Growing up in Norway, front loading washing machines were extremely common. In fact, to my knowledge, they were the only machines available in our area at the time, and I believe them to be the norm in several other European countries even today. These front loaders would usually take an hour or more to complete a cycle, and the water was heated by electricity. You could heat the water as high as 90 degrees C (194 F), which is 10 degrees C away from boiling (212 F). When I moved to the United States, I was surprised to find that not only could the water not be heated as high, but the cycles were typically done in a half hour. For me, that just doesn’t cut it for certain loads, like bedding or underwear.
When my husband and I moved to a new house and had to purchase a new washer, we decided to get a front loader. The reasons behind this decision was past experience, and information we found through research.
The pros we found with front loaders, were:
- Front loaders often have the option of much longer cycles than top loaders, which can help significantly in getting a load clean.
- They clean better as a result of the position and design of the drum. The drum sits in a vertical position rather than horizontal, so clothing spins and drops down into the water as they reach the top of the drum. The drop into the water causes friction, which helps clean the fabric.
- The friction from the clothing falling into the water seems to be more gentle on fabrics than the harsh rubbing caused by the agitator in the drum of a top loader.
- A front loading machine uses far less water than a top loader. The small amount of water does not affect its ability to clean.
- With reduced water volume, far less detergent is needed. Less water and detergent saves our environment, and money too. (Granted, front loaders are generally more expensive initially, to purchase.)
- Less water also means less energy needed to pump and heat the water, also saving money and the environment.
- Capacity wise, you can generally fit more clothing in a front loading machine than a top loader, since the machine uses gravity and small paddles on the drum to move the clothing around rather than an agitator. Better capacity is a huge plus for families who go through a lot of laundry. More room means fewer loads, which saves you personal time and energy in addition to money you save on running the machine.
- Front loaders tend to run more quietly, both in washing and spinning cycles. Proper leveling is needed to ensure a stable, and quiet machine.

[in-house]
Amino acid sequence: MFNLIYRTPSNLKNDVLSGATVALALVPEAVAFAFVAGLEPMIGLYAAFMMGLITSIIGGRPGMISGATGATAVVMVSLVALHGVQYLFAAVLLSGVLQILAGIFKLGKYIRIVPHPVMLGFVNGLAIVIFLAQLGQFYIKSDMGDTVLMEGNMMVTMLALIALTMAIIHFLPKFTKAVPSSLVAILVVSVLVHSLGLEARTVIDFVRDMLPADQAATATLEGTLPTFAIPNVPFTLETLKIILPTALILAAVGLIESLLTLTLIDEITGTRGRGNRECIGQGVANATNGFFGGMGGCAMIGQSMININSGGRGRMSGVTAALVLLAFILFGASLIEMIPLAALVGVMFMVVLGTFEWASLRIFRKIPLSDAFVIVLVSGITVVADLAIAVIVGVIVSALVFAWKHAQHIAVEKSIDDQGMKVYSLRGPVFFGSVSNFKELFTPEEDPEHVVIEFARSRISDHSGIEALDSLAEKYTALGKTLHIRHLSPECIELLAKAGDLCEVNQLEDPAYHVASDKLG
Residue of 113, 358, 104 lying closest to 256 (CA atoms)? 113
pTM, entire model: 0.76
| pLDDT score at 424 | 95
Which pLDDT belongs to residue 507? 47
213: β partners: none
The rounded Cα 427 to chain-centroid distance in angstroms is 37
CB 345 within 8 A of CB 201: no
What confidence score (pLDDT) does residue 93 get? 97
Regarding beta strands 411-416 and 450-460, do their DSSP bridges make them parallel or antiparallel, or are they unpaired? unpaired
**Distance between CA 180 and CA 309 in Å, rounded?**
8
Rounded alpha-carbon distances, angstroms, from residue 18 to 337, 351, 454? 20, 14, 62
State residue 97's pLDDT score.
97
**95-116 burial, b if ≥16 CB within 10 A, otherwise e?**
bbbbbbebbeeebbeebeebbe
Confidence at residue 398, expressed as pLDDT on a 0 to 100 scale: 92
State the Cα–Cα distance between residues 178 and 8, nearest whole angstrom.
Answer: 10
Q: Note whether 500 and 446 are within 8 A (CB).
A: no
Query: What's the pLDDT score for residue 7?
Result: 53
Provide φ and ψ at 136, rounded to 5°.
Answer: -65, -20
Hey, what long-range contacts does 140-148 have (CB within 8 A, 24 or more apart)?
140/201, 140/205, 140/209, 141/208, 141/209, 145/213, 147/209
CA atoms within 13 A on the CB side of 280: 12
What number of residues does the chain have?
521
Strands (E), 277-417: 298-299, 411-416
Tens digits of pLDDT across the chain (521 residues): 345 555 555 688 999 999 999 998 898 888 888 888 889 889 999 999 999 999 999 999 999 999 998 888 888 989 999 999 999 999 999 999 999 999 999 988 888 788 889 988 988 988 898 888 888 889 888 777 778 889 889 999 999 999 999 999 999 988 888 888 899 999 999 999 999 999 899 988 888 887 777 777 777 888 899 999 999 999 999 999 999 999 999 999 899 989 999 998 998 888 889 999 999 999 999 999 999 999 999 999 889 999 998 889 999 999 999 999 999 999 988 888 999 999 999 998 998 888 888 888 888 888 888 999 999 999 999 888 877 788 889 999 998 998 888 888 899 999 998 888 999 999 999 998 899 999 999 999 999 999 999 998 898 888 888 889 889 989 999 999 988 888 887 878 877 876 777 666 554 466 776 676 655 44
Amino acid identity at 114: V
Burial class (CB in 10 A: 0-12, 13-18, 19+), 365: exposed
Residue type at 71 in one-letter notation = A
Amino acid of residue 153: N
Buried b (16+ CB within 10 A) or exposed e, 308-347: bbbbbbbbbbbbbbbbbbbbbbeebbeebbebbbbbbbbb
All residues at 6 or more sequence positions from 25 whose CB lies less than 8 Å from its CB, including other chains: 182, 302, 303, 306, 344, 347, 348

- The spin cycle in front loaders extract more water, cutting back on drying time on a line, or energy when using a dryer.
- Front loading machine and dryer can be stacked on top of each other, to save room in smaller spaces.
- Since there is no lid on top of the washer, you can use this extra space for folding or storage. So you get some extra counter space! Always a plus if you ask me.
- Front loaders help protect and save the environment in several ways with so many areas of cutting back on energy, water, and detergent.
In all fairness, though I clearly prefer front loading machines, there are some cons to take into consideration as well, when making a decision between a front or a top loading washer.
Here are some of the issues I consider cons:
- Front loaders are more expensive to purchase, so even if you may save money in the long run, the money up front needs to come from somewhere. If it isn’t there, it isn’t there, and that’s the end of it for a lot of people.
- As already mentioned, with a front loader you will save money on energy, water, detergent etc., but with the price being so much higher initially, it would certainly take several years to make up for it, if you ever get there. I don’t know that any manufacturer makes truly good quality appliances anymore (though I could be mistaken), so machines are likely to quit on you much earlier than they did 30-40 years ago. That means you have less time to make up the difference. (Quite frankly, I don’t think machines these days last much longer than maybe 10 years or so… But that’s a completely uneducated guess. Please do leave a comment if you are able to provide more accurate information, as I think we all would like to know!)
- You have to lean over or kneel down in order to load and unload the machine, which can be hard for some people. It is possible though, to purchase a pedestal to place the machine on, to raise it to a higher level.